“Okay, so Bernanke thinks the S&P 500 rising about 1.2% a quarter (4.9% a year) since the 2001 recession ended in November of that year is fine and means the stock market today is not overvalued. I don’t agree or disagree. I don’t know. But let’s use this same period and rationale to examine nominal home prices…
…From November 1, 2001 (the seasonally adjusted FHFA Housing Purchase Index was 154.56 that month) to December 1, 2007 (218.06), this nationwide, government home price index increased at a compounded annual rate of 5.74%. (The index peaked on March 1, 2007 at 227.01.) I don’t know about you, but 5.74% a year for homes vs. 4.9% a year for stocks doesn’t seem like much of a difference to me? The FHFA index as of March 1, 2015 is 221.0, that equates to a 2.51% annual return since November 1, 2001. So stock prices have recovered more than nominal housing prices. What’s my point? I am not convinced we had a massive housing bubble pre-crisis (in late 2006/early 2007). I think during the 2008/2009 crisis, housing prices (like stocks) were driven down well below their long-term “fair value” by weak borrowers (as a result of non-traditional mortgages and speculators), a panic environment, and short sellers colluding to drive mortgage securities and financial stocks dramatically lower. Once these weaker mortgage borrowers defaulted and their properties were resolved and the short sellers closed out their winning positions, nominal house prices recovered rapidly and significantly and continue to rise to this day. To me that means that, pre-crisis, we didn’t have “massive” bubble in nominal housing prices. Unless, we had and now have again a bubble in everything: stocks, bonds, and homes. This is certainly possible due to the Fed’s easy monetary policies, both pre and post crisis.”, Mike Perry, former Chairman and CEO, IndyMac Bank
Shares Too Pricey? Bernanke Doesn’t Think So
By Kristen Scholer
Ben Bernanke doesn’t seem to think the stock market is too frothy.
In his latest blog post for the Brookings Institution, the former Federal Reserve chairman said the easy-money policies used during his tenure at the central bank have arguably only returned stock prices to “normal” levels.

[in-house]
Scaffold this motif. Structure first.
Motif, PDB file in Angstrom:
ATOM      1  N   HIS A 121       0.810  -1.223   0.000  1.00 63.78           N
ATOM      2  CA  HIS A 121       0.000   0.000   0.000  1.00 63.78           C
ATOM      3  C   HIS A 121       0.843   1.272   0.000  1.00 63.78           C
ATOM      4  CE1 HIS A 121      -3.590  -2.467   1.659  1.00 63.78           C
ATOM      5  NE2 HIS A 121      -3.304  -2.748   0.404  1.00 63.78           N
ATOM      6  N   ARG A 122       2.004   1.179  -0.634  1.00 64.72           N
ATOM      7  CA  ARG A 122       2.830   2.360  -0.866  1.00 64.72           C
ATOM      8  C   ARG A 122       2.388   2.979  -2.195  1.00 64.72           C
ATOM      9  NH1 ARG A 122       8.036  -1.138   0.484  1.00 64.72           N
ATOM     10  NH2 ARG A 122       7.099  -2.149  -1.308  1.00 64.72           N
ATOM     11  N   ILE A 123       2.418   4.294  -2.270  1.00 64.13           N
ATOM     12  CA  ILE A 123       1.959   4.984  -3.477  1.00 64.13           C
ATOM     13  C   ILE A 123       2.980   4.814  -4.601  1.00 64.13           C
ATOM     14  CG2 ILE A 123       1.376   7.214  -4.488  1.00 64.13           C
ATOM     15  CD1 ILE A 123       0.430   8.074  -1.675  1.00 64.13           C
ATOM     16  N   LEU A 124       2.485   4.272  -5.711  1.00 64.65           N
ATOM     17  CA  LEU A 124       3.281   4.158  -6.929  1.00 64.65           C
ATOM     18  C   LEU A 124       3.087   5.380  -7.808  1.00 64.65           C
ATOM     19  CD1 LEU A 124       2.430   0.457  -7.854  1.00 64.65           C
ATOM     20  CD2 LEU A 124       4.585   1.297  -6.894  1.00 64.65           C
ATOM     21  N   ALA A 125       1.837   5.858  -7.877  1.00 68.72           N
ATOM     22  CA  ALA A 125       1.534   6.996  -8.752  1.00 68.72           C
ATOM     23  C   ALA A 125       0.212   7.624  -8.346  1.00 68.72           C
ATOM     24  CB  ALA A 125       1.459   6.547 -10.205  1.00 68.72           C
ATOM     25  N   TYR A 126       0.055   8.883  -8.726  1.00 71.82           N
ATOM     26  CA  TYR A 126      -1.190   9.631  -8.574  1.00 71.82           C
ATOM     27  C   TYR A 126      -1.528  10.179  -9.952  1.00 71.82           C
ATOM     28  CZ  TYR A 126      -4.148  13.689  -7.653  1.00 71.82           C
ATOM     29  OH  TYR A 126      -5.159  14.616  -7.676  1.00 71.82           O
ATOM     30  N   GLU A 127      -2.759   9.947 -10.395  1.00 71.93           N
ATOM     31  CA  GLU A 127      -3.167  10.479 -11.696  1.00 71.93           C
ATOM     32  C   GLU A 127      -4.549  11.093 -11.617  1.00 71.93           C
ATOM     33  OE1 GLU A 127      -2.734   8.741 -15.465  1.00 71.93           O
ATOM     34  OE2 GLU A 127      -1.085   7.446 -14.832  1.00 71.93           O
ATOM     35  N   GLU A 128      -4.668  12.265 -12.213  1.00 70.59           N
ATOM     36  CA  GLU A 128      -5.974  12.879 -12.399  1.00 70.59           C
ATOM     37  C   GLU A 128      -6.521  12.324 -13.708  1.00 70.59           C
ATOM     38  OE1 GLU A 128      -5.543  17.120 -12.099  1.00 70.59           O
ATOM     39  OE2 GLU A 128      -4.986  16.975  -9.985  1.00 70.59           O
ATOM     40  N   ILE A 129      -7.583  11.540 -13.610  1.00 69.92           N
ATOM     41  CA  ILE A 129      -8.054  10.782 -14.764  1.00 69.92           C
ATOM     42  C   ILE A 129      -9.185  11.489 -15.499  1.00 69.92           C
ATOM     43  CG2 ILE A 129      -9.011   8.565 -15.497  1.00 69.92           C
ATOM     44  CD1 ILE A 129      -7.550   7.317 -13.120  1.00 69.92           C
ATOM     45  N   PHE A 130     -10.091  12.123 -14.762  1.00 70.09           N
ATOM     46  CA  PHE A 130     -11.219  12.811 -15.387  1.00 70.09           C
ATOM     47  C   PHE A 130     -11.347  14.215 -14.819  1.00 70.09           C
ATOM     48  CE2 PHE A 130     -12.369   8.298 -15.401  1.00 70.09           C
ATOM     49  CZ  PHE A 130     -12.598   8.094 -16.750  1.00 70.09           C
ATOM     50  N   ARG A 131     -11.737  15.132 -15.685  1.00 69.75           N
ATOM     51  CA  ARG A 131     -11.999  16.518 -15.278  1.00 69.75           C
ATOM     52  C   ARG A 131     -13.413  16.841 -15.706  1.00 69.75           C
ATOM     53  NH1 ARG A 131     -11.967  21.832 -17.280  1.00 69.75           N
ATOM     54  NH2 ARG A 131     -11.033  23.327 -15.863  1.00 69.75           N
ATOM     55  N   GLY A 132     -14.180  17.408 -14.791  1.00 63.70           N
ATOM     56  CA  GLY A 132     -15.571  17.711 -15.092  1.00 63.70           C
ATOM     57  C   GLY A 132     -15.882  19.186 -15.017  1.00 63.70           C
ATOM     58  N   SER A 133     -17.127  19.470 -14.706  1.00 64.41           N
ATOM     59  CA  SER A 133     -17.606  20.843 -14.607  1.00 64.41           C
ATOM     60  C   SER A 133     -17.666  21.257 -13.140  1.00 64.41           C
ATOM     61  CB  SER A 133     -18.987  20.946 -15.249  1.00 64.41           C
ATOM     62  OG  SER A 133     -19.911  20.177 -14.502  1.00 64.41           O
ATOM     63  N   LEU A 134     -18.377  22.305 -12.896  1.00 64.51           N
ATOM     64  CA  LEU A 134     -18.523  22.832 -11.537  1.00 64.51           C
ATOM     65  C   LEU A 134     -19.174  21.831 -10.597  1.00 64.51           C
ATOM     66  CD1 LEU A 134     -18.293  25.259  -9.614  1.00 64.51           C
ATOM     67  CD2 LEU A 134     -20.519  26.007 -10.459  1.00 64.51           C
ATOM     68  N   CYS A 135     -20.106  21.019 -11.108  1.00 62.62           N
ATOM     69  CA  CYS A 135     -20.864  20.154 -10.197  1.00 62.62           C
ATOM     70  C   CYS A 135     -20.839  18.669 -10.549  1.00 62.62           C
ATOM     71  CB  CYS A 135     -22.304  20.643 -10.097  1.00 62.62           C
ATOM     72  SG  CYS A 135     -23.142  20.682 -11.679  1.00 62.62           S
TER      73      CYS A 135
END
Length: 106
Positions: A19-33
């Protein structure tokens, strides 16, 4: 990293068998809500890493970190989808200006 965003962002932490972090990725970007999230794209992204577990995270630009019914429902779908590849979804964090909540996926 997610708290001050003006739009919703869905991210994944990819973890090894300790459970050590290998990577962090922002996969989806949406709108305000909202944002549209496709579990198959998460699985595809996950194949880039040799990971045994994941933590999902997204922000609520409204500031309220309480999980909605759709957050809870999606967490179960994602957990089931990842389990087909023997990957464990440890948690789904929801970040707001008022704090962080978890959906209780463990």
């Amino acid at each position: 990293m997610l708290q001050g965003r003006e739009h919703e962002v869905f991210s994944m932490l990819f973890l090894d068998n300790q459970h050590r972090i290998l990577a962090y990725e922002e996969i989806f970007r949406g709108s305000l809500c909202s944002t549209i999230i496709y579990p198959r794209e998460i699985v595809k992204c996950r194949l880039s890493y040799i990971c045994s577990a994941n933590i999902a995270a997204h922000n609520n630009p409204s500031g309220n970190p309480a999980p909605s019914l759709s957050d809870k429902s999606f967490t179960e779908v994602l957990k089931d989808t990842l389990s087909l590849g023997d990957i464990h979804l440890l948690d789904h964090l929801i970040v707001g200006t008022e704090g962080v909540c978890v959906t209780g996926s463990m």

Mr. Bernanke crunched the numbers and found that the S&P 500 rose by about 1.2% each quarter from the end of the 2001 recession through the fourth quarter of 2007, the precrisis business cycle peak. If the S&P had continued to climb by that same rate, Mr. Bernanke’s math tells him the S&P 500 would have sat at about 2123 in the first quarter of this year. That is three points above its first-quarter top of 2120 in February and 55 points higher than where the index finished the first three months of the year at 2068.
While the former Fed head said there are many ways to calculate the normal level of stock prices, he thinks most would lead to a similar conclusion. “Stock prices have risen rapidly over the past six years or so, but they were also severely depressed during and just after the financial crisis,” Mr. Bernanke wrote on the website of the Washington think tank. “Arguably, the Fed’s actions have not led to permanent increases in stock prices, but instead have returned them to trend.”
Mr. Bernanke’s suggestion that stocks aren’t overvalued stands in contrast to Fed Chairwoman Janet Yellen’s assertion in early May that stock valuations are “quite high.” It also goes against comments from hedge-fund titan Stan Druckenmiller and economist Robert Shiller that stocks are expensive.
The S&P 500’s price/earnings ratio of 16.9 is its highest in more than a decade, according to FactSet. Even though valuations are a concern for investors, stocks have kept climbing in 2015 and some market participants aren’t that worried by their current levels.
But now, those who believe the market still has room to run can claim to have Mr. Bernanke on their side.